Eurozone Translations

A long time ago, I stumbled across a website that expressed my exact translation philosophy and attitude towards customers of language service providers. I copied and pasted the few pages of text to a Word file for keeps. Once I restarted my blog, I decided to check that website. It still existed as of early 2021. I contacted the e-mail address on the site and asked if the current website owner also produced the content I had originally found so delightful. It turned out that he did, and he had reasons for taking down the pages. Since I found that to be such a shame, I asked for permission to repost them here. I have respectfully not included one of the pages, which was about the translation industry in India. The sentiments about non-native speakers producing translations of poor quality using children and/or working conditions akin to slave labor were not the original author’s personal experience at a later time. So, I will reduce the message of that page with a personal anecdote of

Master of the Sword, Not the English

 Sueyoshi Akeshi: Jo, Bokken, Sword DVD He’s the quickest draw in the East or the West. Sueyoshi Akeshi struggles with his English, but his point is clear: No one has faster iaido techniques. If he were in a duel with a Japanese samurai, Akeshi would unsheathe his katana, dispatch his opponent, and have time for a coffee break before his foe even touched the hilt of his sword. Akeshi, a Buddhist monk and baseball fan, packs the 60-minute “Jo – Bokken – Sword” Masterclass Samurai Arts DVD full of information, so he does not spend a lot of time on each lesson. You’ll miss the chapter on footwork if you blink. Sensei Akeshi obviously assumes you know how to move forward in zenkutsu dachi from previous martial arts practice, yet his style is unique: Just keep both feet at a 45-degree angle and lean forward. Akeshi wisely demonstrates techniques with a jo (short staff) before moving on to iaido practice with a live blade. Don’t be fooled, though, even these “basic” techniques can caus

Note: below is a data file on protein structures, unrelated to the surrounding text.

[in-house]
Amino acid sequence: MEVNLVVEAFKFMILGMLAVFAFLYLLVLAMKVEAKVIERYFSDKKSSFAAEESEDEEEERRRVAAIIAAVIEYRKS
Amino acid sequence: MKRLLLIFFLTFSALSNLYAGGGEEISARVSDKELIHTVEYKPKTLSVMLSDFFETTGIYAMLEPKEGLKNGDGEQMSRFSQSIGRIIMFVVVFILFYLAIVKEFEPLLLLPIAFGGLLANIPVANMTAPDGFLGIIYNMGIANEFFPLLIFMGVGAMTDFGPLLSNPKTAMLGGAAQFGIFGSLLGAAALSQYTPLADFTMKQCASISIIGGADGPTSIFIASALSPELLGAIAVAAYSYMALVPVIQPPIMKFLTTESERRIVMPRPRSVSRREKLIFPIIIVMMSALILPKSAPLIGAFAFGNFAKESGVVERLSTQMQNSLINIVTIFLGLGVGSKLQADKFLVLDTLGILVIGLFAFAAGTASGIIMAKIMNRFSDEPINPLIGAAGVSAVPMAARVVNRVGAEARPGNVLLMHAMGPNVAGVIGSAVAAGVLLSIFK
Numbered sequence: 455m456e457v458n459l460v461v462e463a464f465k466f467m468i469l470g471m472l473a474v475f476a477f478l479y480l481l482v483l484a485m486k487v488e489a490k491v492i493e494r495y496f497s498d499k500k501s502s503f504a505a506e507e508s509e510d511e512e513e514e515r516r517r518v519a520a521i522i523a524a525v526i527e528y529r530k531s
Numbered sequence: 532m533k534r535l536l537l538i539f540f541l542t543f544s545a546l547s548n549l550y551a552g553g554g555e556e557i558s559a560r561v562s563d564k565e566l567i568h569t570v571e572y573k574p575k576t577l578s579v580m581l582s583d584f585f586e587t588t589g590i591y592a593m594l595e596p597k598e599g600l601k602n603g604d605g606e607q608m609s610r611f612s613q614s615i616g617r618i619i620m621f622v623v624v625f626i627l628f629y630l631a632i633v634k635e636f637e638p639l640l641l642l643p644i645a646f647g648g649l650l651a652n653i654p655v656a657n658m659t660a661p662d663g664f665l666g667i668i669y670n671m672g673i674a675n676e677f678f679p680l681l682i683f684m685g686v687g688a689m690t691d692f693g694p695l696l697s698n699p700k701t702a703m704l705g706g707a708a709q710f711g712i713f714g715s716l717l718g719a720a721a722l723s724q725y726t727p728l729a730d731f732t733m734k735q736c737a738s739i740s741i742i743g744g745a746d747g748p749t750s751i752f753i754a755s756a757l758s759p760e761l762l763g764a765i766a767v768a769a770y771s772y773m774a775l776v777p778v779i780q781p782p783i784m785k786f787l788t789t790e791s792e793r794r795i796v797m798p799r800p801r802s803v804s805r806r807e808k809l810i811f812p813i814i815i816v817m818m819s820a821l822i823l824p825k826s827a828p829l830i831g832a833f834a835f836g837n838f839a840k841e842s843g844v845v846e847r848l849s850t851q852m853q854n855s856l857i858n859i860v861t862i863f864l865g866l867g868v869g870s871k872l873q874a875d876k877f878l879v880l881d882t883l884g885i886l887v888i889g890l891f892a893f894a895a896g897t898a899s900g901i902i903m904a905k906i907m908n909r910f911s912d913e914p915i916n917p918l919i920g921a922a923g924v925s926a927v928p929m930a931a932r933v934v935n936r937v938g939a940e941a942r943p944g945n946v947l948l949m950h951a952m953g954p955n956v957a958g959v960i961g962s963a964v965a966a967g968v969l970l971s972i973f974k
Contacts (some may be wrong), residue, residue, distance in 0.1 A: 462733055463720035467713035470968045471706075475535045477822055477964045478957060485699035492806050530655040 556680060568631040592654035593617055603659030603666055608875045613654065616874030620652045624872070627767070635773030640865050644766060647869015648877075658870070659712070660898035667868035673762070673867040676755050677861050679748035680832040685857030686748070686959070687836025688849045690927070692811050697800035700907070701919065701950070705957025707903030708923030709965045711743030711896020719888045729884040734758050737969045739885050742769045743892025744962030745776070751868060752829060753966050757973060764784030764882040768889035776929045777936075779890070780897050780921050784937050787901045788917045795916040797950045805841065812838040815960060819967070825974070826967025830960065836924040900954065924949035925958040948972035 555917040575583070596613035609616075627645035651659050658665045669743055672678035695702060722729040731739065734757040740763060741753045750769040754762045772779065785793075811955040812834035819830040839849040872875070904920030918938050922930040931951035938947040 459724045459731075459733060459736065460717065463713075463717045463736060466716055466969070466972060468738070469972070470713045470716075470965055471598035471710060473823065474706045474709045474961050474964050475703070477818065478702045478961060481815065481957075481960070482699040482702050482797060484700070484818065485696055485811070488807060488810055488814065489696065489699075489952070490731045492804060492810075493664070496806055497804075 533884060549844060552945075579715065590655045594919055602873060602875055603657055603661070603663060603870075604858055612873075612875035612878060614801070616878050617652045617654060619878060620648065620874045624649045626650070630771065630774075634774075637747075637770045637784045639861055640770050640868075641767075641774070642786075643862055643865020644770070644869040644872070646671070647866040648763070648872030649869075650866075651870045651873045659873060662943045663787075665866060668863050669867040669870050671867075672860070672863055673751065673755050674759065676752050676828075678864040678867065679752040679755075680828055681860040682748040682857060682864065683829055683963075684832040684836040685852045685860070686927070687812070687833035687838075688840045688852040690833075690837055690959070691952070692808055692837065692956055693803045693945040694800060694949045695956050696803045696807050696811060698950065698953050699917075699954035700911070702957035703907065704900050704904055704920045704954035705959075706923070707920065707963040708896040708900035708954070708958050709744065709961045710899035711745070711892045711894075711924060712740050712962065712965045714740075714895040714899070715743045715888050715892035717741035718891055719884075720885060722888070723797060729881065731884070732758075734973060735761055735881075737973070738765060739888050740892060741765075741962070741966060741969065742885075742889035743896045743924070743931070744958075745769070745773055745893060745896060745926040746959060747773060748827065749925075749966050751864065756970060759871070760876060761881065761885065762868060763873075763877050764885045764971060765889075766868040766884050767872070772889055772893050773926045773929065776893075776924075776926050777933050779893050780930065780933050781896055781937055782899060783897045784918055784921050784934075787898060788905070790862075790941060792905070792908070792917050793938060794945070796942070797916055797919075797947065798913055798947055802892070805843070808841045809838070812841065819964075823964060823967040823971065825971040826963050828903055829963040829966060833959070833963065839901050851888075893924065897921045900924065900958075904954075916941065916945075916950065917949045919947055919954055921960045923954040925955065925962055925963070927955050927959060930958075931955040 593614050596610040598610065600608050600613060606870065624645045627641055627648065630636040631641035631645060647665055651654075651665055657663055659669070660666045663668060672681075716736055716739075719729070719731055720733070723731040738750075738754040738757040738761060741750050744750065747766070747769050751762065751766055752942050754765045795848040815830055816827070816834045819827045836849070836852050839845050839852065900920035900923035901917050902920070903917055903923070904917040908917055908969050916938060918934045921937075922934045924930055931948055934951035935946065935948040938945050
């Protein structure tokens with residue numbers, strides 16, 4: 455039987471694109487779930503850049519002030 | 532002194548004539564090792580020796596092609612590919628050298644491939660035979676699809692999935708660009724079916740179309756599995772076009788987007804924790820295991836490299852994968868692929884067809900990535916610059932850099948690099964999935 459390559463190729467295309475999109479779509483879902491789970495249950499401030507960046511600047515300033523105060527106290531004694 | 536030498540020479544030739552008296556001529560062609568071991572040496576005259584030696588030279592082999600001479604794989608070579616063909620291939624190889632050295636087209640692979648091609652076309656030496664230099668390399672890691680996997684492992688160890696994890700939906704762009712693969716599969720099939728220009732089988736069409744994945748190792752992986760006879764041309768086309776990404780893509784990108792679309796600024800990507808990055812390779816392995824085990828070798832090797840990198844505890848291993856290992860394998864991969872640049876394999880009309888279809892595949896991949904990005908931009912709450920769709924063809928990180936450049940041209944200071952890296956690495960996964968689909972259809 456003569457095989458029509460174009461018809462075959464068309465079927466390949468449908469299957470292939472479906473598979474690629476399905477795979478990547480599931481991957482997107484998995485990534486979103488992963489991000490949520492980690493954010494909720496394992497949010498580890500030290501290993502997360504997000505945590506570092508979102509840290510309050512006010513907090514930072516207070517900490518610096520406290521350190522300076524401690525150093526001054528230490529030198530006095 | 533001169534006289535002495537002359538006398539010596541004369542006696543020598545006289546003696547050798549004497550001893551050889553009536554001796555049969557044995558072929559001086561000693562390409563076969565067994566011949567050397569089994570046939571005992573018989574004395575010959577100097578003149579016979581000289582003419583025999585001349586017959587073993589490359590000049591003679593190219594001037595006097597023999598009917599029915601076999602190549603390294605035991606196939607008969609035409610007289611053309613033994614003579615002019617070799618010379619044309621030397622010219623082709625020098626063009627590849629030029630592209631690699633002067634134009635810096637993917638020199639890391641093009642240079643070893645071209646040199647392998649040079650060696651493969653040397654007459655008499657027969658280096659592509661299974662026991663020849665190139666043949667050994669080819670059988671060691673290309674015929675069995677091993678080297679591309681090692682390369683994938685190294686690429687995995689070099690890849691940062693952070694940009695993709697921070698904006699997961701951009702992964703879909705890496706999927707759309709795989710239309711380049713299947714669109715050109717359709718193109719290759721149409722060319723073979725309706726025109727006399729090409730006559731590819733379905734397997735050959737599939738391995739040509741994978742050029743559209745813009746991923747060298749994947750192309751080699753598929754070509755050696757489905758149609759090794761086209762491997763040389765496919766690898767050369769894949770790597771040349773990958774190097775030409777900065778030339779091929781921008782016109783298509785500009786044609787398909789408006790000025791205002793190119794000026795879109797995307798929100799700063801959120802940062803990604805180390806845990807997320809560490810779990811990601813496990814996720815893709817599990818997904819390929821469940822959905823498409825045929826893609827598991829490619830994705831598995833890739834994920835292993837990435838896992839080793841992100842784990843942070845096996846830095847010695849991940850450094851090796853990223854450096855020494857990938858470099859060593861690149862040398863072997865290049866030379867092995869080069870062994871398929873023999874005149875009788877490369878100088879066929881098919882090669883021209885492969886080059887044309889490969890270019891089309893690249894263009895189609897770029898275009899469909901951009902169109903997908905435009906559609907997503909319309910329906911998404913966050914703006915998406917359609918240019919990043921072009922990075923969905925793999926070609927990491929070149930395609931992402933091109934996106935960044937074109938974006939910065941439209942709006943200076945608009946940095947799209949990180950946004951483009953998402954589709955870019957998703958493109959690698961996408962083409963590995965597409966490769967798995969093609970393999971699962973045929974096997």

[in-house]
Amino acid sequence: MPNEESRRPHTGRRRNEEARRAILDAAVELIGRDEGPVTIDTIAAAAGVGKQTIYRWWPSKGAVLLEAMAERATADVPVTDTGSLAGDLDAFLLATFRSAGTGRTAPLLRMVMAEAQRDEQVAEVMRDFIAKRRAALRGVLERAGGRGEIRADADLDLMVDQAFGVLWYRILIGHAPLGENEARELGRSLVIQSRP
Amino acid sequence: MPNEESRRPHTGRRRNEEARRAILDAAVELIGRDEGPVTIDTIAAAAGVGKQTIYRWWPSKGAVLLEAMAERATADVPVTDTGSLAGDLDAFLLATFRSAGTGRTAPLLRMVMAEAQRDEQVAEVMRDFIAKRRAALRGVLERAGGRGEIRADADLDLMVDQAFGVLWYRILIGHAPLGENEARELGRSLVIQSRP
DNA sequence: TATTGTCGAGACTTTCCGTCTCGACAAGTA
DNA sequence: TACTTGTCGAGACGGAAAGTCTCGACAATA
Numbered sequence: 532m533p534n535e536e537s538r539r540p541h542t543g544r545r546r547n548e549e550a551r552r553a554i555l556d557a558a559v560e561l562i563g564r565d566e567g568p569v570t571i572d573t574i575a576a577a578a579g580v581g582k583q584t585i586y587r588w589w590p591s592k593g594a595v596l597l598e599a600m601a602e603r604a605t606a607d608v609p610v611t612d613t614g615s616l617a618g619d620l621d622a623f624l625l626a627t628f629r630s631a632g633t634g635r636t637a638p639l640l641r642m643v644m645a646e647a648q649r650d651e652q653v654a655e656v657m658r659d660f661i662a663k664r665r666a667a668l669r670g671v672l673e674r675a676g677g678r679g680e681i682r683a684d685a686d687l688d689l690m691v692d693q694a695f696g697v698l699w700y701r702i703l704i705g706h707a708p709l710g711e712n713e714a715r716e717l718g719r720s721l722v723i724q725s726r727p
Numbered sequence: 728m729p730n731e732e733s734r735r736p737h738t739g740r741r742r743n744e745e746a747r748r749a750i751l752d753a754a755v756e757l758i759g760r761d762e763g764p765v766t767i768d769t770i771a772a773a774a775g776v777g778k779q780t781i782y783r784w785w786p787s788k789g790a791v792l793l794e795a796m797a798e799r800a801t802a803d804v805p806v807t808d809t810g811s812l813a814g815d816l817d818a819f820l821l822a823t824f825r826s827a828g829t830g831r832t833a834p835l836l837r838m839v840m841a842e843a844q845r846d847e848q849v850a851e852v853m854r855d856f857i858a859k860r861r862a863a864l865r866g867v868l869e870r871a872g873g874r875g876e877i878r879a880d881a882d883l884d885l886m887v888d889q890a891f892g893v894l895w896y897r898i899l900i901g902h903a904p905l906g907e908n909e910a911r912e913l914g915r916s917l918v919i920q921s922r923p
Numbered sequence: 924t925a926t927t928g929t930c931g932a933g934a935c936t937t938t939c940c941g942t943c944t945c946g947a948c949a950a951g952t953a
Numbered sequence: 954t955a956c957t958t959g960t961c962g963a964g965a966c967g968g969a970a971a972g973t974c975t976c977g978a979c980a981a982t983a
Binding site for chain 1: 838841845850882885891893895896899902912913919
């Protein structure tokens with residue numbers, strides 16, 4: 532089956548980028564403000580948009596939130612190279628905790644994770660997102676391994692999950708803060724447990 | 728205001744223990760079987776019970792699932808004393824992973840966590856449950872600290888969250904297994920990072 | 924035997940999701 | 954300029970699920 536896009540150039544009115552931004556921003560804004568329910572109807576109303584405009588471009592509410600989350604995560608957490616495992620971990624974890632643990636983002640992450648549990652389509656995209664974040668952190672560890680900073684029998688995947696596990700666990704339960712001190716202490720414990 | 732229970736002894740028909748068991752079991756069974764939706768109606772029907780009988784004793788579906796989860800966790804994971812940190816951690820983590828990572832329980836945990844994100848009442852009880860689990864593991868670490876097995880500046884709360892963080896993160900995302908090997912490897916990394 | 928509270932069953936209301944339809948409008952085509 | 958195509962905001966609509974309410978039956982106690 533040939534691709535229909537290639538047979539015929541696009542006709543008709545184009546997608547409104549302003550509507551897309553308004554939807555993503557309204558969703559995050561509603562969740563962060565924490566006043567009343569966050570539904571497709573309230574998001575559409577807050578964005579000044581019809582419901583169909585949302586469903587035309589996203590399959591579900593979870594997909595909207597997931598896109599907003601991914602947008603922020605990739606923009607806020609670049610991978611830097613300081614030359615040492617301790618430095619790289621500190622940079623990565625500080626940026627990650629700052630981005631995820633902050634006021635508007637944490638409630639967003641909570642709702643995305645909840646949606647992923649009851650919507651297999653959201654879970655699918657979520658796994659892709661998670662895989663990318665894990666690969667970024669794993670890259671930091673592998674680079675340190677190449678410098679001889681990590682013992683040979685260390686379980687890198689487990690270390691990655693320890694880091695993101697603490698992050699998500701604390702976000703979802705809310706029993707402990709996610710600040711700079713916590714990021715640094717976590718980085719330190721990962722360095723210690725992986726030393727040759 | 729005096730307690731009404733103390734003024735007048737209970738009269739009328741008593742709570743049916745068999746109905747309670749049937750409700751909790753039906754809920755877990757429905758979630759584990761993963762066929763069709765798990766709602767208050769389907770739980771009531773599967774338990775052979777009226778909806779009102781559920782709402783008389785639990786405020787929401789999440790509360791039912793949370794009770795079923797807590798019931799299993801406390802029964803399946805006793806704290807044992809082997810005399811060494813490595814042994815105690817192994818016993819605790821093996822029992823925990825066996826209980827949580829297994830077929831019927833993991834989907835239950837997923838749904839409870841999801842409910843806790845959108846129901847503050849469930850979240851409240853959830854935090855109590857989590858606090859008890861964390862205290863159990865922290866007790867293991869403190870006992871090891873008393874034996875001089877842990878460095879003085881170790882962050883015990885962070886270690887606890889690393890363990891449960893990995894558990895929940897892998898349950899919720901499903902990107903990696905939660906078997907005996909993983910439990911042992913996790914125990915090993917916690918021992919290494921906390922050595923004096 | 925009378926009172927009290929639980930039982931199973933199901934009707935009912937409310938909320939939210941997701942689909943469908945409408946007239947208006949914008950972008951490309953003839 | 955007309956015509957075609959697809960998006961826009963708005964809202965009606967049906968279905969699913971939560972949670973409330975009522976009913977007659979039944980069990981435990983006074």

Loss of Shakespeare

In early 2011, a litter of a dozen or so mixed pit bull puppies was found in box next to a dumpster. The finder surrendered them to the Amarillo Society for the Prevention of Cruelty to Animals, which sent out a call for people to foster them until they were ready for adoption. My wife and I had recently lost another dog of ours named Jake and decided to lend a hand. We took home a girl and a boy and named them Lady and Shakespeare. We had no idea of the journey that awaited us. They soon came down with kennel cough and ringworm. When the SPCA suggested we bring them back, it was like being punched in the gut. We could not give them up. We had never owned pit bulls before, but they had won us over within a week’s time. We wound up adopting them ourselves. Shakespeare was goofy and a bit klutzy—perhaps because he was bow-legged—and he bumped his head into the wall more than once. He loved his belly rubs, rides in the car, and going to the park. He had a gentle spirit and loving heart.

Lady and Shakespeare